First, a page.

Topic Editors

School of Life Sciences, Fudan University, Shanghai 200438, China
Donghai Academy, Department of Geography and Spatial Information Techniques, Zhejiang Collaborative Innovation Center for Land and Marine Spatial Utilization and Governance Research, Ningbo University, Ningbo 315211, China
College of Grassland Science and Technology, China Agricultural University, Beijing 100093, China
Dr. Xiaocui Wu
Institute for Sustainability, Energy, and Environment, University of Illinois Urbana-Champaign, Urbana, IL 61801, USA

Environmental Monitoring and Environmental Restoration for the Arid Lands and Wetlands

Abstract submission deadline
closed (29 February 2024)
Manuscript submission deadline
closed (30 April 2024)
Viewed by
19444

Topic Information

Dear Colleagues,

Arid lands and wetlands are among the most fragile ecosystems as they are vulnerable to climate change and human disturbances. However, they have received less attention in recent decades. Wetlands, occurring between terrestrial and aquatic environments, provide crucial ecosystem services for human beings and wildlife. However, because of climate change and intensified anthropogenic activities, wetlands have been substantially degraded or have disappeared. While arid lands are sparsely vegetated with low annual productivity, their services to more than two billion people include significant crop production and forage for wildlife and domestic livestock. They have been identified as an important player in global trends and variability in atmospheric CO2 concentrations. Thus, the environmental monitoring of and environmental restoration for arid lands and wetlands through remote sensing technologies are necessary to better evaluate the evolution of ecosystems (positive or negative) and carry out corresponding protection and management countermeasures.

This Topic, “Environmental Monitoring and Environmental Restoration for the Arid Lands and Wetlands”, aims to capture the recent advancements in the applications of remote sensing and big geospatial data in the monitoring and restoration of global or regional arid land and wetlands. Potential topics include (but are not limited to) the following: (i) automatic and accurate mapping algorithms of remote sensing (e.g., deep learning and object-oriented classification methods) for the monitoring of arid land and wetlands; (ii) tracking of spatial‒temporal dynamics of arid land and wetlands, and (iii) identification of major driving factors for the gains and losses of arid land and wetlands, such as climate, land use, population, restoration activities, and socioeconomic.

Dr. Xinxin Wang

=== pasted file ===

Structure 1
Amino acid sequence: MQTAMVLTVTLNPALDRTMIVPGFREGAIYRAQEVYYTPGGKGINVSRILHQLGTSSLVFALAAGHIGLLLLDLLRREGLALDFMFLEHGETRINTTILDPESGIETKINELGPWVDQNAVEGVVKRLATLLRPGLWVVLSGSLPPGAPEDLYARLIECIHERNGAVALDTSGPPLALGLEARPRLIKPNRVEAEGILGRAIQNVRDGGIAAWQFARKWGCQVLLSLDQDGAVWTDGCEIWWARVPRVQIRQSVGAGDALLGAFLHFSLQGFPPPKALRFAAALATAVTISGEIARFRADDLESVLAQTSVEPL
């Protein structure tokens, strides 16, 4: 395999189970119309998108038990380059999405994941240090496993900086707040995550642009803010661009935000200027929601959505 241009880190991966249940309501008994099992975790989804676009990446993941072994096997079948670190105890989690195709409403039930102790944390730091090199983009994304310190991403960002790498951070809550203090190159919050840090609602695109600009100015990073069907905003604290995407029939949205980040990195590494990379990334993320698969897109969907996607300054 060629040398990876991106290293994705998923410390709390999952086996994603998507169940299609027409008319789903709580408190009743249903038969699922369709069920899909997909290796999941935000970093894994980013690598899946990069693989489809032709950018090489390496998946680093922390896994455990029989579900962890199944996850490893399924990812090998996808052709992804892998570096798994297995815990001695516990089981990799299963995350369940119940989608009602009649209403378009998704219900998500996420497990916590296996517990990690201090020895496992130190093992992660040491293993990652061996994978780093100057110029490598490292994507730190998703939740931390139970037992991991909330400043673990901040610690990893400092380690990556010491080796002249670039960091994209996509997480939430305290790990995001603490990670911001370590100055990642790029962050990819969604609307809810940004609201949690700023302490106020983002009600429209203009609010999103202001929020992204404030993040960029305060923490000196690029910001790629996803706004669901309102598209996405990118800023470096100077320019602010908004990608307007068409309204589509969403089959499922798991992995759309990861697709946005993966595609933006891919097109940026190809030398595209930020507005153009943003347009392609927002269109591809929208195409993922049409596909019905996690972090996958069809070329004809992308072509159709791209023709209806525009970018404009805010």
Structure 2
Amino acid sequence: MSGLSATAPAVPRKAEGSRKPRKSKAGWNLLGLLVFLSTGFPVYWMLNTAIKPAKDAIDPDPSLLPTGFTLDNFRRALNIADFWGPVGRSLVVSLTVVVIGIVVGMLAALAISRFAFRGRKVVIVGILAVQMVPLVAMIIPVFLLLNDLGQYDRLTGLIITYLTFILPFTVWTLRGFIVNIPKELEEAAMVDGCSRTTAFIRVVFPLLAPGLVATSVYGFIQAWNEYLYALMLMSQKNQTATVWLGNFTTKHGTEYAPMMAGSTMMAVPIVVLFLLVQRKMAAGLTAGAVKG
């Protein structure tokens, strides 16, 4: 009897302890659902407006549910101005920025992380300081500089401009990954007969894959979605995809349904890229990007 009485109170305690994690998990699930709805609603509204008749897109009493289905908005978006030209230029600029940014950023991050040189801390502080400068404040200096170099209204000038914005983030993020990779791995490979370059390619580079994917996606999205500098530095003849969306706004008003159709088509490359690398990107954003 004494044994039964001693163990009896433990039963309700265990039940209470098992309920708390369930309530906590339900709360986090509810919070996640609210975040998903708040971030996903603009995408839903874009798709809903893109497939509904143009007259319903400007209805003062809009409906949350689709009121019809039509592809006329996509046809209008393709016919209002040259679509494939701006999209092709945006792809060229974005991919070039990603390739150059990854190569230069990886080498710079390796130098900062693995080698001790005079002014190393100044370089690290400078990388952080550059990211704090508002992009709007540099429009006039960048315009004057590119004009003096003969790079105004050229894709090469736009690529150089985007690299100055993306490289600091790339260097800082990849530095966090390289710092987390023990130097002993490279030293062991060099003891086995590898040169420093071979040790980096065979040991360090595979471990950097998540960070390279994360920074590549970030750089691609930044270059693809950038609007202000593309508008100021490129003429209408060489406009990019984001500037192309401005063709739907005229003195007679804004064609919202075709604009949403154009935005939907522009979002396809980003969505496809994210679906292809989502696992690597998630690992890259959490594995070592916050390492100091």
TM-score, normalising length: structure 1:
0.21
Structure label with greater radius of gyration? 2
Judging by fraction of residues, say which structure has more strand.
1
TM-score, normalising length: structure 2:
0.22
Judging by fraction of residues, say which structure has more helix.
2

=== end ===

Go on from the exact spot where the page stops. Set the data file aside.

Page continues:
Dr. Yongchao Liu
Prof. Dr. Jie Wang
Dr. Xiaocui Wu
Topic Editors

Keywords

  • arid land
  • wetlands
  • environmental monitoring
  • environmental restoration
  • spatial-temporal dynamics
  • big geospatial data
  • remote sensing

Participating Journals

Journal Name Impact Factor CiteScore Launched Year First Decision (median) APC
Conservation
conservation
- - 2021 30.5 Days CHF 1000
Diversity
diversity
2.4 3.1 2009 17.8 Days CHF 2600
Forests
forests
2.9 4.5 2010 16.9 Days CHF 2600
Land
land
3.9 3.7 2012 14.8 Days CHF 2600
Remote Sensing
remotesensing
5.0 7.9 2009 23 Days CHF 2700

Preprints.org is a multidiscipline platform providing preprint service that is dedicated to sharing your research from the start and empowering your research journey.

MDPI Topics is cooperating with Preprints.org and has built a direct connection between MDPI journals and Preprints.org. Authors are encouraged to enjoy the benefits by posting a preprint at Preprints.org prior to publication:

  1. Immediately share your ideas ahead of publication and establish your research priority;
  2. Protect your idea from being stolen with this time-stamped preprint article;
  3. Enhance the exposure and impact of your research;
  4. Receive feedback from your peers in advance;
  5. Have it indexed in Web of Science (Preprint Citation Index), Google Scholar, Crossref, SHARE, PrePubMed, Scilit and Europe PMC.

Published Papers (12 papers)

Order results
Result details
Journals
Select all
Export citation of selected articles as:
16 pages, 8104 KiB  
Technical Note
Diurnal Asymmetry Effects of Photovoltaic Power Plants on Land Surface Temperature in Gobi Deserts
by Xubang Wang, Qianru Zhou, Yong Zhang, Xiang Liu, Jianquan Liu, Shengyun Chen, Xinxin Wang and Jihua Wu
Remote Sens. 2024, 16(10), 1711; https://doi.org/10.3390/rs16101711 - 11 May 2024
Viewed by 359
Abstract
The global expansion of photovoltaic (PV) power plants, especially in ecologically fragile regions like the Gobi Desert, highlights the suitability of such areas for large-scale PV development. The most direct impact of PV development in the Gobi Desert is temperature change that results [...] Read more.